We hold these truths to be self-evident..
“I’ve talked with our Legal Department and they’ve instructed me to inform you that this is an at-will state, meaning you can be fired at any time, for any reason, and there’s nothing you can do about it. You can’t even sue.”
That was the first sentence the General Manager of the Marriott Hotel where I worked said to me as I sat in his office on the day I came out as transsexual. It was 1992.
After a moment of shock, I replied, “Oh, I can sue. I may not be able to win, but I can always sue. I don’t think either of us really wants the publicity that would come with that, so now that we’ve both got that out of the way, can we really talk?” The wry tone of my voice must have registered with him as he smiled lightly and answered, “yes, of course.” I’m happy to tell you that I did keep my job, and the General Manager turned out to be a strong supporter of mine over time.
The fear of losing one’s job is real for everyone. The fear of being fired for simply being who you are is truly understood by people who have been marginalized for generations: women, people of color, and the LGBTQ community.
The institutional persecution of trans people was driven deeper into our souls just days ago on June 12, when Obama-era gains in trans rights were reversed. The Trump administration’s elimination of “Overbroad Provisions Related to Sex and Gender Identity”(1) allowed medical providers to openly discriminate and deny treatment of any kind to transgender people simply because they are transgender. Simply put, to deny gender identity is real is to deny trans people exist. This action, taking place during a worldwide pandemic, and during Pride Month, and on the anniversary of the Pulse Nightclub massacre where 102 LGBTQ people were killed or wounded, was a blatant attempt to eliminate trans people. To eliminate me and people like me. Period.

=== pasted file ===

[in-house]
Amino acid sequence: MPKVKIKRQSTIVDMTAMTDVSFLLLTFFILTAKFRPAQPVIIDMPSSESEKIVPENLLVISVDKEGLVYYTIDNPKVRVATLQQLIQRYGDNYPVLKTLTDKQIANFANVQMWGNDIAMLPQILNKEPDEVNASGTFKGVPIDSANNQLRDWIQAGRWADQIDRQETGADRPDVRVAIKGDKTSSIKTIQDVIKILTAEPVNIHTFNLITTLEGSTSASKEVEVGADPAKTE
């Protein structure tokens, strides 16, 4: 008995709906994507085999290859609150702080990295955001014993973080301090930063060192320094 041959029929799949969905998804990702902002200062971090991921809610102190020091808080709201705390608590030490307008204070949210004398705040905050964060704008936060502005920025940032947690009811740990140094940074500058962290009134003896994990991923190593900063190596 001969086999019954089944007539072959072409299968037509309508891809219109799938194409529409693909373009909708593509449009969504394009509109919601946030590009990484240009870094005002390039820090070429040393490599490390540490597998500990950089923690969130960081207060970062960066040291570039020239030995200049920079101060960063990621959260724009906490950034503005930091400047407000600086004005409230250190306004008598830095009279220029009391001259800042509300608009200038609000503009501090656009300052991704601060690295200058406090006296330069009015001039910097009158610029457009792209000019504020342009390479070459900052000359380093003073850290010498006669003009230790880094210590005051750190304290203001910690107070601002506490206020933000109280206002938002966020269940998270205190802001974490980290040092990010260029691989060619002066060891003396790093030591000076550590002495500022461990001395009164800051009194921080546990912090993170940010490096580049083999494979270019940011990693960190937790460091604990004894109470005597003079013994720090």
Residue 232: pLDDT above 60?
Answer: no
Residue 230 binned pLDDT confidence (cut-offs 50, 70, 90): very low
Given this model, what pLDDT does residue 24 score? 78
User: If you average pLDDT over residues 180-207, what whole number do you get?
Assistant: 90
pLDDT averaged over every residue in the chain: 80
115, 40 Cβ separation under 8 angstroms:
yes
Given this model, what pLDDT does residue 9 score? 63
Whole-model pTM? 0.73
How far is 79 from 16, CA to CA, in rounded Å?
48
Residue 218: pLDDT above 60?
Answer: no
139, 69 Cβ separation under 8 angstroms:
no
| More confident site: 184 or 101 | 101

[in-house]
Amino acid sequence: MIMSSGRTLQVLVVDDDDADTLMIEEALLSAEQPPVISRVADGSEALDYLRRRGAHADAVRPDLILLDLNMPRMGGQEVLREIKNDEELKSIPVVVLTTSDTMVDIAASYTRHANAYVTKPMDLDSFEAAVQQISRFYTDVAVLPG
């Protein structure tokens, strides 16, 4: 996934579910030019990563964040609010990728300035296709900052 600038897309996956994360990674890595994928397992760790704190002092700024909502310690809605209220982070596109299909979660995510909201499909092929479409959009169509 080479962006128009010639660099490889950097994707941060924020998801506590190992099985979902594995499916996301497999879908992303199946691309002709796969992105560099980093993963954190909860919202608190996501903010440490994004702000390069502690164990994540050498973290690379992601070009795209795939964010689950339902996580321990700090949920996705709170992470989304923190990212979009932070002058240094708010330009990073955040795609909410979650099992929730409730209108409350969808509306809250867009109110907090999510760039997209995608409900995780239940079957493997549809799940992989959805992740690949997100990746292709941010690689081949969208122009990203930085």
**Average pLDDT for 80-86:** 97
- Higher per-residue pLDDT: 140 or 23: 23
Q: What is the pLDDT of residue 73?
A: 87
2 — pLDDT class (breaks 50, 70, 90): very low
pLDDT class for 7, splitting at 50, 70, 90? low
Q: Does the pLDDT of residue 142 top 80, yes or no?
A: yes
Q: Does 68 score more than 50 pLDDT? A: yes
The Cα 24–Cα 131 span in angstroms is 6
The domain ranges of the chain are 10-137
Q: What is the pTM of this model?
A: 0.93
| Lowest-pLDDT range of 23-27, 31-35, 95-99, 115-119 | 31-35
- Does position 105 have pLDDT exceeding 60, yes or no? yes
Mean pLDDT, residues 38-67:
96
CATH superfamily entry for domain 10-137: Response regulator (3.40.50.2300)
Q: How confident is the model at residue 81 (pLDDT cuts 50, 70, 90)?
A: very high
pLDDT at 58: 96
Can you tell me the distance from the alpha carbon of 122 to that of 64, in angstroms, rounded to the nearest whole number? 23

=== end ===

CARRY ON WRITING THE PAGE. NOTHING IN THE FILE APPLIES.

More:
Three days later, the most astonishing and wondrous thing happened. On June 15, the Supreme Court delivered a ruling securing LGBTQ rights and protections in the workplace in a manner on par with the legalization of gay marriage.
The case involved 3 LGBTQ Americans:
- Gerald Bostock was fired for “conduct unbecoming” shortly after he began participating in a gay recreational softball league
- Donald Zarda was fired days after he mentioned being gay
- Aimee Stephens was fired when she informed her employer that she planned to “live and work full-time as a woman”
|“An employer who fires an individual merely for being gay or transgender defies the law…. It is impossible to discriminate against a person for being homosexual or transgender without discriminating against that individual based on sex.” |
– Justice Neil M. Gorsuch writing for the majority in the 6-to-3 ruling.(2)
This ruling was completely unexpected given the 5-4 conservative makeup of the bench and Chief Justice Roberts’ memorable dissent against gay marriage (3) a few years ago. That Justice Gorsuch and Chief Justice Roberts both joined the minority on this opinion is astonishing and will have tremendous reverberations for equality in this country. This ruling is a death blow to the Trump Administration’s and Conservative’s agenda to roll back LGBTQ rights, and gives new hope to those who feared the rolling back of Women’s rights as well.
The timing of this affirmation of equality could not be better. While we remain embroiled in the debate as to the depth of systemic racism in our society and how we, as Americans, will strive to correct the injustices black Americans have suffered for hundreds of years, this singular SCOTUS ruling restores my faith in the American heart and spirit. And I hope it does for you as well.
I leave you with another foundational statement of American purpose and pride that resonates as deeply today as it did in 1863.
|“… we here highly resolve that these dead shall not have died in vain — that this nation, under God, shall have a new birth of freedom — and that government of the people, by the people, for the people, shall not perish from the earth.”|
– Abraham Lincoln, Gettysburg Address, 1863
Happy Pride, everyone. A very happy Pride, indeed!
(1) Read the full HHS Ruling of Section 1557 here – https://www.hhs.gov/sites/default/files/1557-final-rule.pdf
(2) Read the full opinion on 17-1618 Bostock v. Clayton County here – https://www.supremecourt.gov/opinions/19pdf/17-1618_hfci.pdf
(3) Read the full opinion of the 14-556 Obergefell v. Hodges here – https://www.supremecourt.gov/opinions/14pdf/14-556_3204.pdf